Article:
Kindergarten wait list crisis continues: what we know and don't know


The Kindergarten waiting lists were released, and they are nearly as long as last year.  See map below and chart to the right. (You can also compare to last year's maps, though they are not directly comparable; more on this below.)

According to DOE, there are  2406 zoned Kindergarten children wait-listed for their zoned neighborhood school this year, compared to 2588 last year.  (The reason last year's figure differs slightly from the one reported in the media is because I removed the double-counting of PS 3 and PS 41 wait lists,which they share; the DOE double-counted them last year but not this.)

Here is a brief summary: 21 districts have wait lists for Kindergarten.   The districts with the longest waiting lists are D24 in Queens (454); D2 in Manhattan (330); D15 in Brooklyn (270); and D25 (175); D30 (152); and D28 (151), all in Queens.

As usual,  Queens is the most overcrowded borough , with the total number of wait-listed zoned children larger than last year, as in Brooklyn and the Bronx.  The schools with the longest wait lists are in Brooklyn and Queens, and these schools are all more overcrowded than last year as well.


Now for what we don't know:

  • This year, the DOE refused to tell us how many siblings were on wait lists, though they did this the last two years, making one suspect that this number is even larger than the total of 3036 sibs plus zoned K students there were in 2011 at this time.
  • Nor do we know how long the overall waiting lists really are, including non-zoned students, which likely total many thousands more.  Meanwhile, the charter lobby as well as DOE always publicize the thousands of students on the charter waiting lists, in order to  rationalize unfettered charter expansion, but the public has never been able to know how many children there are on waiting lists for our regular public schools.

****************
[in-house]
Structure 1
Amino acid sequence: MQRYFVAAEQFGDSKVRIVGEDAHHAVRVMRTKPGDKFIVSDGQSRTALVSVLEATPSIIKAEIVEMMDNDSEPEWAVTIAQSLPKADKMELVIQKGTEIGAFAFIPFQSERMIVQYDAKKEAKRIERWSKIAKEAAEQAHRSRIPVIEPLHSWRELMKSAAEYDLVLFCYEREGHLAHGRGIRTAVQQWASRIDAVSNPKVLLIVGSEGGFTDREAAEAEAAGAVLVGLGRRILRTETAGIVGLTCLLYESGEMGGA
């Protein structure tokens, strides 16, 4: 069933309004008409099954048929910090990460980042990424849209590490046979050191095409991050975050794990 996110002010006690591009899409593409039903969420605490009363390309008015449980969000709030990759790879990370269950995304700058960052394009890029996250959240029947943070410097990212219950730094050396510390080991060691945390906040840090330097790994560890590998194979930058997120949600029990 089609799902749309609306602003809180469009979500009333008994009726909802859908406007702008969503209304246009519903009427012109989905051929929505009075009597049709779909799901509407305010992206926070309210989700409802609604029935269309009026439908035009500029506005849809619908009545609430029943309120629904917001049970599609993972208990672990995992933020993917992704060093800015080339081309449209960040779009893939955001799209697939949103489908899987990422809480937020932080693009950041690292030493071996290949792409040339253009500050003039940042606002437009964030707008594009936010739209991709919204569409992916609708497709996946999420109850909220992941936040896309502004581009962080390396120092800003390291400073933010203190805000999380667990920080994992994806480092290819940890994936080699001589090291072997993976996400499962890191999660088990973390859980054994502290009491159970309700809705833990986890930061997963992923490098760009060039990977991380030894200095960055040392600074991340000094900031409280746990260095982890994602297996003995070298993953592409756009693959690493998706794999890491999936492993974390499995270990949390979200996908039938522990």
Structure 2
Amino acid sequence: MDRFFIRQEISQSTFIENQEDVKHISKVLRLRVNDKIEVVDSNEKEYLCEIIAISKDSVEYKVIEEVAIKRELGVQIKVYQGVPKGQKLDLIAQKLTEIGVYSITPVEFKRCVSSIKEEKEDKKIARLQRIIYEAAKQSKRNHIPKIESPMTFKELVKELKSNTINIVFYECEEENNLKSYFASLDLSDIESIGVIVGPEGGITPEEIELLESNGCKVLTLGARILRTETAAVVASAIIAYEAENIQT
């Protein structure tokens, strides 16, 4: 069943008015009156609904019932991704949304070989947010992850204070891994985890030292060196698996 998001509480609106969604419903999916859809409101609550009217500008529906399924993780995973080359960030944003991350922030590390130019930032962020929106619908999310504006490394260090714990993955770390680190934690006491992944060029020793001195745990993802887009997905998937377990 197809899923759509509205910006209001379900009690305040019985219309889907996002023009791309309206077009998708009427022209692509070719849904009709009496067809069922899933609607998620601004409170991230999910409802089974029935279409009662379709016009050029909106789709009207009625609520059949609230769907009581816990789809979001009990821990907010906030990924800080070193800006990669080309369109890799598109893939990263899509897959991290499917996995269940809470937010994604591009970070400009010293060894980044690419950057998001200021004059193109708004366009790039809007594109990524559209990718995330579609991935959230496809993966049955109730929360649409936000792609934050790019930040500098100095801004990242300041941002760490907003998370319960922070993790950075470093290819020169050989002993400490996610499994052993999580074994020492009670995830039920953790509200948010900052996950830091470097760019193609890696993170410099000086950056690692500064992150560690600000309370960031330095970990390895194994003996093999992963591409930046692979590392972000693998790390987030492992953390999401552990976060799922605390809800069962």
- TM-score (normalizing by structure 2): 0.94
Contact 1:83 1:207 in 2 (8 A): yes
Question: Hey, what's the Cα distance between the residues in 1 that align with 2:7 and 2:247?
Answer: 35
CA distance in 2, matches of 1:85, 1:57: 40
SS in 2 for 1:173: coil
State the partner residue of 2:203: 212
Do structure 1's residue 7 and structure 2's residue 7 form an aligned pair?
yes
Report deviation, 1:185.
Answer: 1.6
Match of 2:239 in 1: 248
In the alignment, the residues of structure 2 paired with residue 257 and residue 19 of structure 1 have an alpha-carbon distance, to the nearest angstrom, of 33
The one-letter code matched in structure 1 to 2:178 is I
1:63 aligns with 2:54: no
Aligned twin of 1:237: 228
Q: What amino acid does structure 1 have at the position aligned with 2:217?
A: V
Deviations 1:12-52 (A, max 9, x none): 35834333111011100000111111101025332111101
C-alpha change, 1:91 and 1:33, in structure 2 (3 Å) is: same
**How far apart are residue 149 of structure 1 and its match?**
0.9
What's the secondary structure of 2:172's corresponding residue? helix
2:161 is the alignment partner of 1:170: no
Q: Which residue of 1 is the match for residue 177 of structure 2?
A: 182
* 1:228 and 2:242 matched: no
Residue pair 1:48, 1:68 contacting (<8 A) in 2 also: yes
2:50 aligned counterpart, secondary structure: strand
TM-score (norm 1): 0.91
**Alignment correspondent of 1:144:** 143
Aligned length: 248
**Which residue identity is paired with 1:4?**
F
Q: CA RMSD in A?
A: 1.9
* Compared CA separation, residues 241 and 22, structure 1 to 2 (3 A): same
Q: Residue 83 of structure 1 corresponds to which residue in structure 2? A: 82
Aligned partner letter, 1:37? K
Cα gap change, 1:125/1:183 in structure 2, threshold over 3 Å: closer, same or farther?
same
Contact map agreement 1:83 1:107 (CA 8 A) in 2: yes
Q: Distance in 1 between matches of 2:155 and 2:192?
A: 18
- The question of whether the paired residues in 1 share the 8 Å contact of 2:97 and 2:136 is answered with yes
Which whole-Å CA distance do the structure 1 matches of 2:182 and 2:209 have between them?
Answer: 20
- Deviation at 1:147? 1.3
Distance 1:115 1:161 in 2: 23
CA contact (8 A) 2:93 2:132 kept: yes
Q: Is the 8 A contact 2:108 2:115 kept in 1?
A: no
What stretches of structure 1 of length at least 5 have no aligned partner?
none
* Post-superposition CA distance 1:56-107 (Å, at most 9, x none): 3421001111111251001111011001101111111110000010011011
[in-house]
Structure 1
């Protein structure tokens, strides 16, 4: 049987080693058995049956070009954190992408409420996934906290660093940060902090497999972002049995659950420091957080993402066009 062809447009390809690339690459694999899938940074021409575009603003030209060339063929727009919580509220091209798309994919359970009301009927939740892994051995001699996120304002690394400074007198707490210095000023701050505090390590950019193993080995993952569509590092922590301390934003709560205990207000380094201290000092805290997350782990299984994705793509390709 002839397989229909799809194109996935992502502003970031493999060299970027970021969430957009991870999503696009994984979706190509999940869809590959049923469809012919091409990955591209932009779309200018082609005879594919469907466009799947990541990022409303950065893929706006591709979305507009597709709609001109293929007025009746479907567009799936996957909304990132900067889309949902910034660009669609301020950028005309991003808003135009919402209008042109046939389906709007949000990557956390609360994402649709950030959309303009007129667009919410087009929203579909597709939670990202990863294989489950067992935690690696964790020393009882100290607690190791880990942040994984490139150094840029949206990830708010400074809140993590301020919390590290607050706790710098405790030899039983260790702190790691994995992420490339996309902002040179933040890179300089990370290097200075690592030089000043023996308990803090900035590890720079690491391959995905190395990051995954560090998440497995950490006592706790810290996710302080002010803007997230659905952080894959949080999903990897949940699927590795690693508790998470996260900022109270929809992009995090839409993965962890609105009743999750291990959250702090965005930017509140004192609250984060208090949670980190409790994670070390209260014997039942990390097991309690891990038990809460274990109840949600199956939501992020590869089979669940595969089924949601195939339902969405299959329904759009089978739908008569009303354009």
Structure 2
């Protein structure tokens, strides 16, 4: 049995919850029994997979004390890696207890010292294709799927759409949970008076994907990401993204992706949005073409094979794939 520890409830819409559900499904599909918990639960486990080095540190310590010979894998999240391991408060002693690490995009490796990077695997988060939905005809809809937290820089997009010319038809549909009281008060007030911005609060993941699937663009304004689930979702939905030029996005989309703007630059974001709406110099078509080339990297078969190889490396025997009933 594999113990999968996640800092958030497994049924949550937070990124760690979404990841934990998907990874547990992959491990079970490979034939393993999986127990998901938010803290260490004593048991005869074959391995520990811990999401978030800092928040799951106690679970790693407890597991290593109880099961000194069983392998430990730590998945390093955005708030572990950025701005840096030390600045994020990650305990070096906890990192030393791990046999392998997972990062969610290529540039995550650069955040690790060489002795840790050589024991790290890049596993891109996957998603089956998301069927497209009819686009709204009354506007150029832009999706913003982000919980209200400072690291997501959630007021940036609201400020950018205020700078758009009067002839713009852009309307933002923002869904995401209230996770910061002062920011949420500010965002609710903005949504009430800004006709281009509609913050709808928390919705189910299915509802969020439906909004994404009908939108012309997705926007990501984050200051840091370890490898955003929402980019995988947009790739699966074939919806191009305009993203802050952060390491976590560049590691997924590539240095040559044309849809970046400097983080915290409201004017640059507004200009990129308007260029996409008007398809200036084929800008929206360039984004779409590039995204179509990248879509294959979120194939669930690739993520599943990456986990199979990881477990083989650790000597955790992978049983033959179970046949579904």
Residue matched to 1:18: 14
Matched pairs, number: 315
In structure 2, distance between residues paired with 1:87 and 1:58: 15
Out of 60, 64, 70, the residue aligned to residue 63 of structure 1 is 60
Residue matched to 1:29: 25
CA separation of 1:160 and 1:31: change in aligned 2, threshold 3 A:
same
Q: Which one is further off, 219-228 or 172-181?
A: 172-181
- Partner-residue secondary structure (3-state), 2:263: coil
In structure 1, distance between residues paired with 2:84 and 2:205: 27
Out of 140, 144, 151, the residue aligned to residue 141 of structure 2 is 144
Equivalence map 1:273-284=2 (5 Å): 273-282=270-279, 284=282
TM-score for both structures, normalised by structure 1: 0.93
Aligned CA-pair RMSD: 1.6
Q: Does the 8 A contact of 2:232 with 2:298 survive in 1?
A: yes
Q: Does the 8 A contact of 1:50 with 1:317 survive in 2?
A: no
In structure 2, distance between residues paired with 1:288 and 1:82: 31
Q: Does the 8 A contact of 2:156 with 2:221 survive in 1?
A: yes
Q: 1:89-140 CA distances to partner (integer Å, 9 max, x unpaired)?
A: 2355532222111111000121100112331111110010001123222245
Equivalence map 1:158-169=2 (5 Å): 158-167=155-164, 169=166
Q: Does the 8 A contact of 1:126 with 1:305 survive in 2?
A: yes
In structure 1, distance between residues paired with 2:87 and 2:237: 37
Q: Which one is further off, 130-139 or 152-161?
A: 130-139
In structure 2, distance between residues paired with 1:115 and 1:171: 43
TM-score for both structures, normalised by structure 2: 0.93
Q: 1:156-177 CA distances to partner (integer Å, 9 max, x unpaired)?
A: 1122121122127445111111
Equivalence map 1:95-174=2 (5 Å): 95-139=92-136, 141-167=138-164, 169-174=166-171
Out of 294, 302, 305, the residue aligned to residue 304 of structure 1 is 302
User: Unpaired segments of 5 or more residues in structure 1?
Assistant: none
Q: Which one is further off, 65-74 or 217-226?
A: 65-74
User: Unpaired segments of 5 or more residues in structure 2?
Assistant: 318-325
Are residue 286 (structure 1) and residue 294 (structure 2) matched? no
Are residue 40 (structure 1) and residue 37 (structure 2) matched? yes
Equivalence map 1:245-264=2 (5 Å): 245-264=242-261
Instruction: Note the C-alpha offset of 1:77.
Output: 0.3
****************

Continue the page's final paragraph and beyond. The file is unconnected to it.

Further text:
• Nor do we know in how many schools class sizes will have to rise to or above the contractual level to make room for all these new students; how many new Kindergarten sections will have to be added, leading to larger class sizes in the upper grades, or how many preK programs, art and science rooms and other specialty or intervention spaces will be eliminated.  
  • Nor will we ever find out how many families will decide to move out of the city because of the stress and the uncertainty of not knowing where their children will attend school next year.
At the same time, nearly 5,000 Kindergarten students tested "gifted" this year, with vanishing little space to put them. Because of overcrowding, there are also far fewer between zone or district transfers now than in the pre-Bloomberg era, when this method of parent "choice" allowed for more diversity, especially in middle class neighborhoods.    Now this option has been nearly entirely shut down, with the overcrowding conveniently playing into the hands of the charter lobby, the corporate reform crowd, and Bloomberg's preference for charters: fewer "choices" remain, except for charter schools run by private corporations.

If you point at the map, you can see the name of the school and the number of zoned students on the wait list.   If your child is on a wait list for next year, or you have any more information about the real figures, including siblings or non-zoned waitlisted children, please add this below.  thanks!

125 schools, 2406 zoned Kindergarten children as of March 2012:





You have read this article with the title Kindergarten wait list crisis continues: what we know and don't know. You can bookmark this page URL http://thediariesofalawstudent.blogspot.com/2012/04/kindergarten-wait-list-crisis-continues.html. Thanks!

No comment for "Kindergarten wait list crisis continues: what we know and don't know"

Post a Comment